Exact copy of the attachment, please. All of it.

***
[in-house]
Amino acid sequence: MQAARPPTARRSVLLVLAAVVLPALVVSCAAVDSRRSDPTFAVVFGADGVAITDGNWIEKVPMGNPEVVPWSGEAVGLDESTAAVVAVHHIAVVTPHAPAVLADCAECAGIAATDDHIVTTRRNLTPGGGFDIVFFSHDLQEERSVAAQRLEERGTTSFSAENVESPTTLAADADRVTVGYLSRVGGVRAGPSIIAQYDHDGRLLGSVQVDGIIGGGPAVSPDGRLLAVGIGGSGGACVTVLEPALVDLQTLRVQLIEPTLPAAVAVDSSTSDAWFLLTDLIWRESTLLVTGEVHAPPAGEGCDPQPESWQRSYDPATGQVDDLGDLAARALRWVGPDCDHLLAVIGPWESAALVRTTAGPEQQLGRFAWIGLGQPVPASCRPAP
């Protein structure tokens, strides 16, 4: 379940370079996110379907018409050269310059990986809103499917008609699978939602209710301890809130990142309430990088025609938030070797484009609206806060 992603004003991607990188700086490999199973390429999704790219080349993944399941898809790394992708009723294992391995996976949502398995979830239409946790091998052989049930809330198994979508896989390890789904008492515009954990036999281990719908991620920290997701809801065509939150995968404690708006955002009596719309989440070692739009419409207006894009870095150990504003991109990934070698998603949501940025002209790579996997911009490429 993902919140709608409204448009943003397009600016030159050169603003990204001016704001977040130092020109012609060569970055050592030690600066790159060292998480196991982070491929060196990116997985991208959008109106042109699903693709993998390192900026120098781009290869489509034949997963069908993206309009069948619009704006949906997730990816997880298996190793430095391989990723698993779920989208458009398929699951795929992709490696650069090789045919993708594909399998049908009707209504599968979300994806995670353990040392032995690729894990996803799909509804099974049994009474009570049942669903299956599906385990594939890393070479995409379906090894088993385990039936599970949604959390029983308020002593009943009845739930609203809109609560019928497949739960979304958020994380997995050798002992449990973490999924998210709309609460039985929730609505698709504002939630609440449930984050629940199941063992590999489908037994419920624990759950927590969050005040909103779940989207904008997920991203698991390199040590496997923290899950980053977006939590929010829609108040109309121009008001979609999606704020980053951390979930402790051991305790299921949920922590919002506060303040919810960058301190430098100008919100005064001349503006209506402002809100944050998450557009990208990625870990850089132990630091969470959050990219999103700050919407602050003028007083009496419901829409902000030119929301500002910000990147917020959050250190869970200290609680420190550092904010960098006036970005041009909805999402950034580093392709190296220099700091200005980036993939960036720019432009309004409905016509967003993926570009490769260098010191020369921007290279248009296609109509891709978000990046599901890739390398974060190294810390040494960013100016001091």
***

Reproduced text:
[in-house]
Amino acid sequence: MQAARPPTARRSVLLVLAAVVLPALVVSCAAVDSRRSDPTFAVVFGADGVAITDGNWIEKVPMGNPEVVPWSGEAVGLDESTAAVVAVHHIAVVTPHAPAVLADCAECAGIAATDDHIVTTRRNLTPGGGFDIVFFSHDLQEERSVAAQRLEERGTTSFSAENVESPTTLAADADRVTVGYLSRVGGVRAGPSIIAQYDHDGRLLGSVQVDGIIGGGPAVSPDGRLLAVGIGGSGGACVTVLEPALVDLQTLRVQLIEPTLPAAVAVDSSTSDAWFLLTDLIWRESTLLVTGEVHAPPAGEGCDPQPESWQRSYDPATGQVDDLGDLAARALRWVGPDCDHLLAVIGPWESAALVRTTAGPEQQLGRFAWIGLGQPVPASCRPAP
């Protein structure tokens, strides 16, 4: 379940370079996110379907018409050269310059990986809103499917008609699978939602209710301890809130990142309430990088025609938030070797484009609206806060 992603004003991607990188700086490999199973390429999704790219080349993944399941898809790394992708009723294992391995996976949502398995979830239409946790091998052989049930809330198994979508896989390890789904008492515009954990036999281990719908991620920290997701809801065509939150995968404690708006955002009596719309989440070692739009419409207006894009870095150990504003991109990934070698998603949501940025002209790579996997911009490429 993902919140709608409204448009943003397009600016030159050169603003990204001016704001977040130092020109012609060569970055050592030690600066790159060292998480196991982070491929060196990116997985991208959008109106042109699903693709993998390192900026120098781009290869489509034949997963069908993206309009069948619009704006949906997730990816997880298996190793430095391989990723698993779920989208458009398929699951795929992709490696650069090789045919993708594909399998049908009707209504599968979300994806995670353990040392032995690729894990996803799909509804099974049994009474009570049942669903299956599906385990594939890393070479995409379906090894088993385990039936599970949604959390029983308020002593009943009845739930609203809109609560019928497949739960979304958020994380997995050798002992449990973490999924998210709309609460039985929730609505698709504002939630609440449930984050629940199941063992590999489908037994419920624990759950927590969050005040909103779940989207904008997920991203698991390199040590496997923290899950980053977006939590929010829609108040109309121009008001979609999606704020980053951390979930402790051991305790299921949920922590919002506060303040919810960058301190430098100008919100005064001349503006209506402002809100944050998450557009990208990625870990850089132990630091969470959050990219999103700050919407602050003028007083009496419901829409902000030119929301500002910000990147917020959050250190869970200290609680420190550092904010960098006036970005041009909805999402950034580093392709190296220099700091200005980036993939960036720019432009309004409905016509967003993926570009490769260098010191020369921007290279248009296609109509891709978000990046599901890739390398974060190294810390040494960013100016001091």